Past gatherings of world leaders at G20 meetings such as in Seattle in 2010, have also been accompanied by civil unrest and riots. It’s been easy for conservatives to decry the acts of protest and dissidence and to blame the protestors rather than the police, the police state or the international system that inflicts violence at personal, civic, cultural and ecosystem levels. Campaigners for global justice and against the inequalities and destruction of global capitalism, have been derided for being environmentalists, fascists, Marxists, ‘obscurantists’. They’ve been condemned as privileged white kids wearing branded gear protesting against sweatshops. But they’ve shone a light against inequality, injustice, exploitation, war, manmade environmental disaster, the very consequences of capitalism on grand scale. Opponents to globalisation have had their views and values dismissed because of their ‘ignorance of (trickle down) economics’, they’ve been belittled and ignored because they’re from affected distant countries, they’ve been beaten down and hidden by walls of police.
But loss of jobs, homes, hope and land don’t just affect people in the Third World as multinationals move on in. Hopelessness, alienation, inequality, middle class poverty, are all being felt as consequences of global capitalism, and rejected, in western democracies too. The election of Trump, the Brexit vote, the rise of far right and populist politics across the developed world, are all consequences of global capitalism and a distrust of the establishment and contemporary economic solutions.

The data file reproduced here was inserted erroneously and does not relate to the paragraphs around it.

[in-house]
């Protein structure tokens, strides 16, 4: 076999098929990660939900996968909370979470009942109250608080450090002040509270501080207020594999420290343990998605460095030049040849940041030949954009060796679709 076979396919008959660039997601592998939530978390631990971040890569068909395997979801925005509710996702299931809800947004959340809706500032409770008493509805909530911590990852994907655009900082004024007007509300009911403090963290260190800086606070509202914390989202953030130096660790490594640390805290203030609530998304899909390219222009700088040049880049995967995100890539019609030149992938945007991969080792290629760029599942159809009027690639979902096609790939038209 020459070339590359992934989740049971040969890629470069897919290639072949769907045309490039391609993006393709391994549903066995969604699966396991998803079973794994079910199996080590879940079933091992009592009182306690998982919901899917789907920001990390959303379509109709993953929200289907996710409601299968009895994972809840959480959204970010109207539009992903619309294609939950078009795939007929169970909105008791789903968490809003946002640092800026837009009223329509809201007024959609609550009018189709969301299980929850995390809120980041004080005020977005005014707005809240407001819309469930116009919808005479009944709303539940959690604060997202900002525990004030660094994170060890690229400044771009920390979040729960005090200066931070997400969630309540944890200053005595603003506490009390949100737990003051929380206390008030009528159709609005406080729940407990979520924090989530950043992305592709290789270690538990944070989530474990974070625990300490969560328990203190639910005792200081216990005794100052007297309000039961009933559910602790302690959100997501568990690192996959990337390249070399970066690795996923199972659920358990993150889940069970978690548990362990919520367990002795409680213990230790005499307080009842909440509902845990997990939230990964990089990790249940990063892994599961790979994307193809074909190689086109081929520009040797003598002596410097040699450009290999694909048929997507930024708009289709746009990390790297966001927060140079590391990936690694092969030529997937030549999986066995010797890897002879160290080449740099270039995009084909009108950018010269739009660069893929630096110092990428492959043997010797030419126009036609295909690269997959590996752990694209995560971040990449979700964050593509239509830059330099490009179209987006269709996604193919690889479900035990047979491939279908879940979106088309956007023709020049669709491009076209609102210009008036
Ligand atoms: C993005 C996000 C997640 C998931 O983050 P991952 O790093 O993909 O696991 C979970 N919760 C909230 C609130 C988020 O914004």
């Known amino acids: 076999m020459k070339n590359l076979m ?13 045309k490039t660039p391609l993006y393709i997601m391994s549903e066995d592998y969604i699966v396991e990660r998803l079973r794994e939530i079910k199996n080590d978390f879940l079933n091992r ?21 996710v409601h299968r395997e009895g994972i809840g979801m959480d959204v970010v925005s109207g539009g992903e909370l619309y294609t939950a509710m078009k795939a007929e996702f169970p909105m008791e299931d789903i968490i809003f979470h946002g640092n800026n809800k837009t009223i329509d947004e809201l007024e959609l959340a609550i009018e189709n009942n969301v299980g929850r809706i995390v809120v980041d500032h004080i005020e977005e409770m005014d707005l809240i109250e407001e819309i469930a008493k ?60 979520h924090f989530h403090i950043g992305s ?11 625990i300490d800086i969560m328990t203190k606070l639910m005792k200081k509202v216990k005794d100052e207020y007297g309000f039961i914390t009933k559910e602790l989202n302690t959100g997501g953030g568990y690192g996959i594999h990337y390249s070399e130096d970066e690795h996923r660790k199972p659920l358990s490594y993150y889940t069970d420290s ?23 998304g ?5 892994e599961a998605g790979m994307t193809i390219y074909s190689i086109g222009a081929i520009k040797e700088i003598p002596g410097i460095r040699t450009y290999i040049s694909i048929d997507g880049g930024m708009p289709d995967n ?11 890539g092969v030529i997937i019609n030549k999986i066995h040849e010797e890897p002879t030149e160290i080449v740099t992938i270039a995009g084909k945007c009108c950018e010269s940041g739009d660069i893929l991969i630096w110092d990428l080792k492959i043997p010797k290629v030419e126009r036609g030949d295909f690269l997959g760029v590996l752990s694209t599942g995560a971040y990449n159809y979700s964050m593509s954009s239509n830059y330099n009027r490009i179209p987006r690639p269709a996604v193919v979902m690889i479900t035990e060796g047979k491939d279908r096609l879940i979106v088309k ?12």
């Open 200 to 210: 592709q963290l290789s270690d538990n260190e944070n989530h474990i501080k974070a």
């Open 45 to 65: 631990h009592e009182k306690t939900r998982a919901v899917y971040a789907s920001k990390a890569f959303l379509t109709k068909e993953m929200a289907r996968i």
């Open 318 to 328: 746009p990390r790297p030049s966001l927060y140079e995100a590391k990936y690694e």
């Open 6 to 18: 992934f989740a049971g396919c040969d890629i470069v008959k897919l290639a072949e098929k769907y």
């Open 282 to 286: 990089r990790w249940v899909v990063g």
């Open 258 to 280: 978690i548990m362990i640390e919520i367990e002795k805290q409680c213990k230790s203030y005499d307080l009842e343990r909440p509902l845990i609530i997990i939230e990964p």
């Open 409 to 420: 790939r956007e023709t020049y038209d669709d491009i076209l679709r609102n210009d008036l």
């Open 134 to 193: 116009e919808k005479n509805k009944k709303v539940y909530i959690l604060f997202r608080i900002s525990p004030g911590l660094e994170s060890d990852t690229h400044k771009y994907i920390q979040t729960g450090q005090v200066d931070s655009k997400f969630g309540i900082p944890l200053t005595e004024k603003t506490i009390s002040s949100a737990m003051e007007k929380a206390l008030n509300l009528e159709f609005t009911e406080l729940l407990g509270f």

So while opponents of global capitalism who adopt radical tactics to express their discontent, attack weaknesses in the edifice from without, angry middle class voters in the US, the UK, France, Italy and beyond, use the ballot box as a way of being heard from within, with further economically destabilising results. Globalisation has led to alienation, alienation to instability. Instability further undermines the economic project though it’s already seriously wounded from its own contradictions and limits. The reactionary path of protectionism, closed borders and nationalism further breeds isolationism and fear. Global problems like climate change, migration, the crisis of capitalism and the need for system alternatives, have no national solutions. But global capitalism with its concentration of wealth and power, with its control over access to work, a home of ones’ own, its attack on human dignity, is no sustainable solution either.